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Chattanooga research collaborative named in Top 50 smart city projects, recognizing ethical data use

Pictured are two professors having a conversation in a computer lab

Mary Helen Montgomery

As many urban areas adopt “smart city” initiatives, Chattanooga is doing so with a slightly different approach — and now, the city is being recognized for its ethical practices. The Smart 50 Awards, created by US Ignite, Smart Cities Connect, and Smart Cities Connect Foundation, listed Chattanooga’s data analytics practices as a winner in the Digital Transformation category, which recognizes projects that deal with data, AI, sensors, IoT, cybersecurity, privacy, and blockchain.

“Chattanooga is pioneering smart solutions that can improve people’s lives, and we are proud that we’re doing that in a way that keeps citizens’ interests front and center,” said Chattanooga Mayor Andy Berke.

The Chattanooga Smart Community Collaborative was given the award for protecting citizens’ privacy during data collection and analysis. The collaborative is a research partnership between The University of Tennessee at Chattanooga, the City of Chattanooga, Erlanger Health System, EPB, Hamilton County, Co.Lab, and The Enterprise Center.

Using data to improve urban life, with UTC’s Center for Urban Informatics and Progress from The Enterprise Center on Vimeo.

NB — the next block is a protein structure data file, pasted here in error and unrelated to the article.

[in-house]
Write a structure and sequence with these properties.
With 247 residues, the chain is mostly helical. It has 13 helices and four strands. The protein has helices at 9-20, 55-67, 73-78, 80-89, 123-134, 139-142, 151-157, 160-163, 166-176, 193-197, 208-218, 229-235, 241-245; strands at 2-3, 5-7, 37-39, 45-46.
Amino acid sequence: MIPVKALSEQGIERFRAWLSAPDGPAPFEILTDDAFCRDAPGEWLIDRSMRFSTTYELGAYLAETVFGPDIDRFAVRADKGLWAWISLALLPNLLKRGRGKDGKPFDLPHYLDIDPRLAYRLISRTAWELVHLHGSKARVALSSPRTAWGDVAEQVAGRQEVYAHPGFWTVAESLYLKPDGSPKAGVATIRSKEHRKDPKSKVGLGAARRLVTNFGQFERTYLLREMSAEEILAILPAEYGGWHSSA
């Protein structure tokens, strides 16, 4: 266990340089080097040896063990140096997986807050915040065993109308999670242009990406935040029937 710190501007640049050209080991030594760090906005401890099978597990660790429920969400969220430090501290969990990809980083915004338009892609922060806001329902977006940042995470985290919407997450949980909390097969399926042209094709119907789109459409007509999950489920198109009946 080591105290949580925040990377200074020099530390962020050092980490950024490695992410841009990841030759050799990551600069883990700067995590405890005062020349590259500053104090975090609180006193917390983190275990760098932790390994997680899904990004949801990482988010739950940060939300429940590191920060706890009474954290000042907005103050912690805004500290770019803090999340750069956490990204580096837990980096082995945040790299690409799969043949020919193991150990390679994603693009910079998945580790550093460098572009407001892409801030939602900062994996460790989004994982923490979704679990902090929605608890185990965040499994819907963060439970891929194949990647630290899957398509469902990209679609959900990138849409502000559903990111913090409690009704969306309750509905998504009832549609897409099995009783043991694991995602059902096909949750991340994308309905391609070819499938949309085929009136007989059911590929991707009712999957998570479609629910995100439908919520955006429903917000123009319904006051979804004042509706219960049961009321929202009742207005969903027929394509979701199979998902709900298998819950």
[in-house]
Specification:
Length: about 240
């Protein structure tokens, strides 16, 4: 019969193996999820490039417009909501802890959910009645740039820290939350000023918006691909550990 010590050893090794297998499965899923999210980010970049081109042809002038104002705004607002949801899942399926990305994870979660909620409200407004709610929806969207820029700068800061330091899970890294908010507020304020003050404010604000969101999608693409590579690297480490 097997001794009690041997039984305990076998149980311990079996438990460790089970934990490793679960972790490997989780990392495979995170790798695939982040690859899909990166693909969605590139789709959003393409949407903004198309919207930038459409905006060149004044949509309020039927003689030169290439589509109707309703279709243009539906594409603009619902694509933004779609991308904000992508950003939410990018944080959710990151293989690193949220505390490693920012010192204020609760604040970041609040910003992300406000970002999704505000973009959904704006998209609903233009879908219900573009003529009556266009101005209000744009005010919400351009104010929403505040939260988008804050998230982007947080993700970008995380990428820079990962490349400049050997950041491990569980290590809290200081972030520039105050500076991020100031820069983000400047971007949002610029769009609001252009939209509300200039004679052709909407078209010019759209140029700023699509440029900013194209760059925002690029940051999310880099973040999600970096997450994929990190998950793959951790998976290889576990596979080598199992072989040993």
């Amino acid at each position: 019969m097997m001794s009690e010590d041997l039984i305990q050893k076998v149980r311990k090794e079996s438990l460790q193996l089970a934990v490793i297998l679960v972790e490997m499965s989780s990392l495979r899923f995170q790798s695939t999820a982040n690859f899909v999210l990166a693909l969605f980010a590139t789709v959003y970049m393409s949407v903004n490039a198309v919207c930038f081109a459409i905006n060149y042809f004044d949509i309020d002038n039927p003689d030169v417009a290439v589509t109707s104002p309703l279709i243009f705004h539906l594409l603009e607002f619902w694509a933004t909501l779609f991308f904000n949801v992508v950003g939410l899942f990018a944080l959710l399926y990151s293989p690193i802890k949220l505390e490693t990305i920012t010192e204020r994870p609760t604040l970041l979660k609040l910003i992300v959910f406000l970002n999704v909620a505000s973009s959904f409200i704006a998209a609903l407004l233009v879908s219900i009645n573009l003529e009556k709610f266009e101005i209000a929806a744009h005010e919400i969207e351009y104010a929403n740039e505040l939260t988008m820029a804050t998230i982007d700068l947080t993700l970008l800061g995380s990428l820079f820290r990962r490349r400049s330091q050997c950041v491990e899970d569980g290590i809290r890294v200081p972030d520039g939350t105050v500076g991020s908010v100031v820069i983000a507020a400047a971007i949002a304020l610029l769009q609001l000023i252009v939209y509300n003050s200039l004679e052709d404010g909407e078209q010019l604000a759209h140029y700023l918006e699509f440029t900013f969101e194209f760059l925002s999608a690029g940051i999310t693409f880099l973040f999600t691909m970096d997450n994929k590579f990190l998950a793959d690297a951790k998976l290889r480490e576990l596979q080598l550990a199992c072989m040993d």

UTC’s Center for Urban Informatics and Progress (CUIP) has led research efforts in Chattanooga aimed to improve citizens’ lives through advancement in energy, mobility, healthcare, and other areas. CUIP operates a series of sensors along MLK Blvd, including video cameras, that collect data about traffic, bicycle, and pedestrian behavior. Working with UTC’s social sciences department, CUIP created strict guidelines and data governance policies to ensure all data is anonymized and that all video footage is turned to meta-data and immediately deleted. This research could help with traffic congestion, pedestrian safety, how the city allocates resources, and other outcomes that improve life.

“This award recognizes CUIP’s commitment to transparency and ethical practices. All of us that work on this testbed and the related projects live in this community and respect our community’s privacy,” says Dr. Mina Sartipi, the director of CUIP.

The Smart 50 Award will be presented at the Smart Cities Connect Conference in Denver this April. Read more about Chattanooga’s ethical data practices.